Dappered Classics: Four Books for the Fall

Books well worth your time and shelf space.  Four of them this time.

Originally Published 10/14/11

Summer reading lists get all the attention, but with the days getting shorter and the nights getting colder, fall is the season to crack open some new reading material.

“When Pride Still Mattered: A Life of Vince Lombardi” by David Maraniss

Fall means football, and Lombardi is football. In this excellent bio, Maraniss captures the complexity of Lombardi without dismantling the myth.  More than just a book about a football coach, this is a book about a great American life.


“The Nick Adams Stories” by Ernest Hemingway

Even when he’s writing about the tropics, Hemingway has always seemed to me to be the quintessential fall writer. His stories have a streak of melancholy, to put it very mildly, that fits well with changing seasons. This collection pulls together the stories that follow Adams’ coming of age, from kid to soldier to parent. It includes a number of famous, must-read works such as “The Killers” and “Big Two-Hearted River.”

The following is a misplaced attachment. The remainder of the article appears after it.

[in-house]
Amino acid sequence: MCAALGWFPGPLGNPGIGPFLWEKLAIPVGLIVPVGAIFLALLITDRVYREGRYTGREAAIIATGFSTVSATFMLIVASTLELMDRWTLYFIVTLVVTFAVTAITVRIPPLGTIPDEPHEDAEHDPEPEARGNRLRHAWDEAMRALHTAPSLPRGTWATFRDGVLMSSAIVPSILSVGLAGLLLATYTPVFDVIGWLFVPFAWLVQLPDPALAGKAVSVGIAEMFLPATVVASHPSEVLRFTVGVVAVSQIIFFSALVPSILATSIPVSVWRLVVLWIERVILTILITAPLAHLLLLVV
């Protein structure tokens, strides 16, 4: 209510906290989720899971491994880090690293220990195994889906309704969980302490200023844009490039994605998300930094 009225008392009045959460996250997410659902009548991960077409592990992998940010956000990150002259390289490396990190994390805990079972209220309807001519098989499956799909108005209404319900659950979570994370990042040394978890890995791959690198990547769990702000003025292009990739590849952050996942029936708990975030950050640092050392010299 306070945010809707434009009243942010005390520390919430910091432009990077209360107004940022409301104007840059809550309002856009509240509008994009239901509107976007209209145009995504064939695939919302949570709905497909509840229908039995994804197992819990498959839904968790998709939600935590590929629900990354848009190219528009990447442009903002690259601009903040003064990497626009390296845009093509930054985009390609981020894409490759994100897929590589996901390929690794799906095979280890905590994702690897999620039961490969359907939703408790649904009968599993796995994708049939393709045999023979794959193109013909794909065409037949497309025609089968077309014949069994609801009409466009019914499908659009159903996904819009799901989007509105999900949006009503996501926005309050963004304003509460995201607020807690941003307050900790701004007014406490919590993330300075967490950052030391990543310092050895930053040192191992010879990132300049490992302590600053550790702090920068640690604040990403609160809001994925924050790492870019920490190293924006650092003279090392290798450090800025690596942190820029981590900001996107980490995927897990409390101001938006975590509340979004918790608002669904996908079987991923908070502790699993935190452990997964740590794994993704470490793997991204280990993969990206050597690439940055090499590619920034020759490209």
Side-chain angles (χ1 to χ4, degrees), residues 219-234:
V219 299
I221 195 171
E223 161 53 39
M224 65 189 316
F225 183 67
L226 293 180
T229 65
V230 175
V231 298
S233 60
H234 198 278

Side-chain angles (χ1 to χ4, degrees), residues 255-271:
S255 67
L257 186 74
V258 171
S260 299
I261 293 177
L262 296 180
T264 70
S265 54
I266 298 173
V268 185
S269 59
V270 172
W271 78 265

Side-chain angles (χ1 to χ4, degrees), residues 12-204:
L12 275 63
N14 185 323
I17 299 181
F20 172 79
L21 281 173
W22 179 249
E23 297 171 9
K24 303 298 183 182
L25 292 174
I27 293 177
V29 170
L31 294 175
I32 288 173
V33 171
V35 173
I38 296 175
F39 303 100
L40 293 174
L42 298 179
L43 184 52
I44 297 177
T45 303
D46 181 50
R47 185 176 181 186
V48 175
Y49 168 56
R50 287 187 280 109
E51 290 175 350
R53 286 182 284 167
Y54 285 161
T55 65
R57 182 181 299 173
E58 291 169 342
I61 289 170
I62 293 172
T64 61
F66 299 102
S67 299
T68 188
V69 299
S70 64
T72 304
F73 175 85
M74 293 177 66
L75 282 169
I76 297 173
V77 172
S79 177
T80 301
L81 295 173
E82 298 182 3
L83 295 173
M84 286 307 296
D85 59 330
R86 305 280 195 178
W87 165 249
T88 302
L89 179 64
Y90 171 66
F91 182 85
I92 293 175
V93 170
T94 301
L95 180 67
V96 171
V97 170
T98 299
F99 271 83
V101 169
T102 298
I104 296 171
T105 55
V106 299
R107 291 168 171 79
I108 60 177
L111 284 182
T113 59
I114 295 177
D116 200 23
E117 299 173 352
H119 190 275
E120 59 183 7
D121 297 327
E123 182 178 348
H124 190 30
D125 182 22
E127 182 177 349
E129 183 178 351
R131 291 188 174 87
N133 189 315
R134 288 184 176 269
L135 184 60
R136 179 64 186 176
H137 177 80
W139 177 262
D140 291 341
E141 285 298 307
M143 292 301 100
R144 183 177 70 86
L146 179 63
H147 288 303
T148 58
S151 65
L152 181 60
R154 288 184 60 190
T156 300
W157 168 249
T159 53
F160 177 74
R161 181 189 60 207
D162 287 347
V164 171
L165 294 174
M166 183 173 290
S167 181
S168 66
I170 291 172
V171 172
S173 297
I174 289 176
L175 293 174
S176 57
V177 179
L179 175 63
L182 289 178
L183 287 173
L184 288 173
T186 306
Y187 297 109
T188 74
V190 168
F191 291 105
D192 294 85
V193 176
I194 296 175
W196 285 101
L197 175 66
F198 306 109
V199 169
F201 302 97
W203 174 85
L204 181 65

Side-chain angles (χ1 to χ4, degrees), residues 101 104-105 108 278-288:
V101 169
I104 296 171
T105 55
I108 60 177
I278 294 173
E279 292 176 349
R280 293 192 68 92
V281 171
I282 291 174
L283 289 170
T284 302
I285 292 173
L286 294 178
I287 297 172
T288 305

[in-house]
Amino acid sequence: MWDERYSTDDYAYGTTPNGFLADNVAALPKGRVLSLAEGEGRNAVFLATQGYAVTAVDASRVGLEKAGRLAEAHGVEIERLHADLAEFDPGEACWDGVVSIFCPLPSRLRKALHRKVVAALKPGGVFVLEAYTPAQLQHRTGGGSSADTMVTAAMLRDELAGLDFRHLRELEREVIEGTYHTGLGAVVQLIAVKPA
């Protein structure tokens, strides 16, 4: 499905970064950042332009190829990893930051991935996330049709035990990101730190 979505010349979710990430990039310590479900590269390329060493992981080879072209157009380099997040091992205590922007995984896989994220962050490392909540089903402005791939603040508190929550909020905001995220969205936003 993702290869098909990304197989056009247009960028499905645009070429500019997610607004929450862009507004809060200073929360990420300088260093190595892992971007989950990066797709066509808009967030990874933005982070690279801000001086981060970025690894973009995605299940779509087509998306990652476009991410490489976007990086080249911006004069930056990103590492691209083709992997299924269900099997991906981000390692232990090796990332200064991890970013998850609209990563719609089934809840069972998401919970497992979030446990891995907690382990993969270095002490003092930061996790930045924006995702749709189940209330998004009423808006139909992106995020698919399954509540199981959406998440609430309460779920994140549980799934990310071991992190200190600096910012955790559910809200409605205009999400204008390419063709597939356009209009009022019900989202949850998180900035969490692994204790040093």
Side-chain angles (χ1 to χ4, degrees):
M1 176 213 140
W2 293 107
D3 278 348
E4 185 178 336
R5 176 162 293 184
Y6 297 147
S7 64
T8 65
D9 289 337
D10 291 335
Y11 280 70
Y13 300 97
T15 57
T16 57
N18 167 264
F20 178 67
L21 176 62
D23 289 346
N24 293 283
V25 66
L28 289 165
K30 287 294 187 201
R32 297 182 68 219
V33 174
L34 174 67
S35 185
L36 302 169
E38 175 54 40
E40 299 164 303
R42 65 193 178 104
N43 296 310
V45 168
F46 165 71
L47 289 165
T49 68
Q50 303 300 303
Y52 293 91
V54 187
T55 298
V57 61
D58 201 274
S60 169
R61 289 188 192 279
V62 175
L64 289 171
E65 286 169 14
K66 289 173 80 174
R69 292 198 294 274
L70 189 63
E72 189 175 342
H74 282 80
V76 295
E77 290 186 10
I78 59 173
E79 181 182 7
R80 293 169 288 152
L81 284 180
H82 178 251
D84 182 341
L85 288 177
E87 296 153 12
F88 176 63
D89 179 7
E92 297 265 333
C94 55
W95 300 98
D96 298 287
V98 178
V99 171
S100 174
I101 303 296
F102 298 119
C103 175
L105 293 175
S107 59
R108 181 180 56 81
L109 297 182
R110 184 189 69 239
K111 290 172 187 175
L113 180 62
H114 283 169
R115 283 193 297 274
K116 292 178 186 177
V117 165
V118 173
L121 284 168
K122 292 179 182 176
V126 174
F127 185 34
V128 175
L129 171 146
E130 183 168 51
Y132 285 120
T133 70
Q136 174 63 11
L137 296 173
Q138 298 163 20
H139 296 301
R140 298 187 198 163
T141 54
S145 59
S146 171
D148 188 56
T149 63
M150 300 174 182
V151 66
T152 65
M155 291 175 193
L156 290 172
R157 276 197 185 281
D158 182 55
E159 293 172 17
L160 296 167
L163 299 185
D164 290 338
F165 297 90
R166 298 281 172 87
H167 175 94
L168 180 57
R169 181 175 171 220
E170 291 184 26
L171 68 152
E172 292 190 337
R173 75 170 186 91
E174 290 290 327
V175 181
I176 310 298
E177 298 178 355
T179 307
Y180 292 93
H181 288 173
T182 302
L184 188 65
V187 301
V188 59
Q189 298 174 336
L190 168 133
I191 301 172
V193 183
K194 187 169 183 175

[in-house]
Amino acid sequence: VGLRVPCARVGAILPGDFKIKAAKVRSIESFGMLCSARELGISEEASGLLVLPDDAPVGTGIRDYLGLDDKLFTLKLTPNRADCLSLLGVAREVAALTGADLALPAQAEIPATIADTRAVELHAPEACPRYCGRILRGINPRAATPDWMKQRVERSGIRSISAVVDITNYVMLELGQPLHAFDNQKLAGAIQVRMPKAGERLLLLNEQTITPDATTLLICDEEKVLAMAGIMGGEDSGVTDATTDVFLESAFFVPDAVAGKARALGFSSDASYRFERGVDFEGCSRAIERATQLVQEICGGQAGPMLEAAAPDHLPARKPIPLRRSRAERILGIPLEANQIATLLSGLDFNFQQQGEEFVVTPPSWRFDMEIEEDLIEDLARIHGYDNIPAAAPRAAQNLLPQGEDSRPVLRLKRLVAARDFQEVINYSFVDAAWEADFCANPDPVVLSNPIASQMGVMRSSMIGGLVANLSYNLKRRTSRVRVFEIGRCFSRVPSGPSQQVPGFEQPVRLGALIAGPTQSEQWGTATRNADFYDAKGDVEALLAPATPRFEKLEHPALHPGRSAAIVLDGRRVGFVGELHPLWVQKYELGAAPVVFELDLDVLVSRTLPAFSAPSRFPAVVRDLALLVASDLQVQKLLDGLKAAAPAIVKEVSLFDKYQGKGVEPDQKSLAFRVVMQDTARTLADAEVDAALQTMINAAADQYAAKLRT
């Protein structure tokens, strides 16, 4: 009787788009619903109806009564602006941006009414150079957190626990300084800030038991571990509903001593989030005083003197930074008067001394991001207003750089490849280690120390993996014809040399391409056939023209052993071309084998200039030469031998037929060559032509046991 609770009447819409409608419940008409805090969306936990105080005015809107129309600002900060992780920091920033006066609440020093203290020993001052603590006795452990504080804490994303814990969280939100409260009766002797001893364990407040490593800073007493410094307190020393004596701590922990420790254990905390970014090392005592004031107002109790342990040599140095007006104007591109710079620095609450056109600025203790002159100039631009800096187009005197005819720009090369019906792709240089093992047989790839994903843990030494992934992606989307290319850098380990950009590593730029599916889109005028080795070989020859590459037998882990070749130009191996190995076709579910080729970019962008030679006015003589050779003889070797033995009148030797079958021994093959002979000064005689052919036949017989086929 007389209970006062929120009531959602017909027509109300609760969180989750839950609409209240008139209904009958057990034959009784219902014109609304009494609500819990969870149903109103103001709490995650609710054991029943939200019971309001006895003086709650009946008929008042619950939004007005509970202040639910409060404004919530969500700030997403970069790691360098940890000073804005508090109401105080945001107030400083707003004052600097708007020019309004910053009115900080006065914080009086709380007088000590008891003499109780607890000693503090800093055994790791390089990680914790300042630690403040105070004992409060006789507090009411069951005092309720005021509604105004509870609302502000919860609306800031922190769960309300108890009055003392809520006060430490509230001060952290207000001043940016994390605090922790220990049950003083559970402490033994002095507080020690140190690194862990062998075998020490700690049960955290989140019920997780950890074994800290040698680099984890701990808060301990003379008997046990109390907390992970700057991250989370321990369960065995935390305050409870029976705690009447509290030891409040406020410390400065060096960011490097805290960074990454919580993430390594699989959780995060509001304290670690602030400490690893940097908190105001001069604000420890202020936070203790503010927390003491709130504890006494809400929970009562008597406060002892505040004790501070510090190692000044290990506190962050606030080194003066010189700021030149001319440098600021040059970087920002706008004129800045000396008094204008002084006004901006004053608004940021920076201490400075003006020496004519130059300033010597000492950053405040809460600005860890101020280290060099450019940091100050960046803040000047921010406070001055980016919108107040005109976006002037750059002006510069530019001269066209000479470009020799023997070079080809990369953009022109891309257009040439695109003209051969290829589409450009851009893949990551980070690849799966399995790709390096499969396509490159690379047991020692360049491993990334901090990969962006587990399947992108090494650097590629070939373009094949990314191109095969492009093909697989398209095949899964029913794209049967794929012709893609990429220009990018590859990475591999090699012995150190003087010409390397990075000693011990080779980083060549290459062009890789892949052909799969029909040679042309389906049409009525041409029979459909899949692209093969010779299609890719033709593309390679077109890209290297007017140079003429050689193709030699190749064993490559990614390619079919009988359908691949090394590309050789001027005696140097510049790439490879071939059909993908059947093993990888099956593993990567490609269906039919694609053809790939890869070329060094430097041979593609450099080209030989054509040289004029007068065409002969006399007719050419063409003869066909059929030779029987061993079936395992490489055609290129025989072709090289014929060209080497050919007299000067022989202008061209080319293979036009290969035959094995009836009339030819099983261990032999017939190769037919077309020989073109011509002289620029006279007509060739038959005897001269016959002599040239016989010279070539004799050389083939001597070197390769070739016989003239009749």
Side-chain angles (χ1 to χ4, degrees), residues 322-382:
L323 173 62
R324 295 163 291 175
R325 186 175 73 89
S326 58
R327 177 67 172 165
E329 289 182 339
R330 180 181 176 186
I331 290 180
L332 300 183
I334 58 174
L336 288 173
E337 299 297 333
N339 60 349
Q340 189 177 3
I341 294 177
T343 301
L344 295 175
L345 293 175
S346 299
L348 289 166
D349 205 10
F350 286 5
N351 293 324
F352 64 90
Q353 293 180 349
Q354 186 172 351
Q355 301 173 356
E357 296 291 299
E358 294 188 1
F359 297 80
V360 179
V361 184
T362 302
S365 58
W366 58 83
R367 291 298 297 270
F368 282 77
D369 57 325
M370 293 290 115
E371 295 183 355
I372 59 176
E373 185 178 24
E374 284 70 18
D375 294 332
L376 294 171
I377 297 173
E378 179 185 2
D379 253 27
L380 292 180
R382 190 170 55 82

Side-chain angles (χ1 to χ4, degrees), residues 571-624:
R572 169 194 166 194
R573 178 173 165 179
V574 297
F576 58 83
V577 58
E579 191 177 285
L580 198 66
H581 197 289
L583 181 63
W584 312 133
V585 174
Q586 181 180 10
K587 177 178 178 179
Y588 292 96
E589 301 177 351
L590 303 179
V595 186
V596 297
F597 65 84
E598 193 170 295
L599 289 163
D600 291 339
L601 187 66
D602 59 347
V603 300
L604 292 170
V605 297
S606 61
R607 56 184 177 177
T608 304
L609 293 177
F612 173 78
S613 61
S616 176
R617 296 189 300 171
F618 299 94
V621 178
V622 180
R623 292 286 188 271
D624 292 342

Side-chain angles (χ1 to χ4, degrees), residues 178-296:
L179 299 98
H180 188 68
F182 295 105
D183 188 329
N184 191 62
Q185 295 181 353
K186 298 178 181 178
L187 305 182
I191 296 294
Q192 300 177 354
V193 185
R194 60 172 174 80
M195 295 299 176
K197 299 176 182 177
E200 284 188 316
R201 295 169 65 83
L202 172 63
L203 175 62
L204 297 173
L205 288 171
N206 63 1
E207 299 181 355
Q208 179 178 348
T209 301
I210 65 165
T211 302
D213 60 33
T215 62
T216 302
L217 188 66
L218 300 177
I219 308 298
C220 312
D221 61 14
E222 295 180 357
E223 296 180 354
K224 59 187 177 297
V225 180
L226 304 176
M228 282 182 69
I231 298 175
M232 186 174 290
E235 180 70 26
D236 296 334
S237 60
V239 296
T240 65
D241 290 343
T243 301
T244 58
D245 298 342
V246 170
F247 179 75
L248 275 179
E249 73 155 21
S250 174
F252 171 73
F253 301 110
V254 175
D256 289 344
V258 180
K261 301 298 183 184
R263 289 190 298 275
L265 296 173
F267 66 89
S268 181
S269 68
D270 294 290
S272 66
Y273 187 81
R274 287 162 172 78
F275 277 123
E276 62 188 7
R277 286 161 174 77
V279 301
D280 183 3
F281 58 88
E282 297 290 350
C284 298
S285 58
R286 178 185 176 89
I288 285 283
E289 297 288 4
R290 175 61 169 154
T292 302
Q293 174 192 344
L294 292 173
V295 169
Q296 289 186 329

“The Worst Journey in the World” by Apsley Cherry-Garrard

This story of Scott’s doomed Antarctic quest told by the youngest member of the party will help put the coming colder weather in context. Cherry recounts the endless Antarctic night and temperatures so cold teeth cracked in mouths, which should take some of the pain out of having to scrape off the car windows in the morning.  More than just a tale of harrowing adventure though, this book stands as a masterful testament to scientific exploration and human will.


“The Rum Diary” by Hunter S. Thompson

Fall also calls for escapism, in this case booze-soaked island madness. With the movie version coming out at the end of the month, now is the perfect time to read Thompson’s early novel. This book is loosely based on Thompson’s own experiences fleeing New York in 1960 to write in Puerto Rico and it shows the spirit of his later works.

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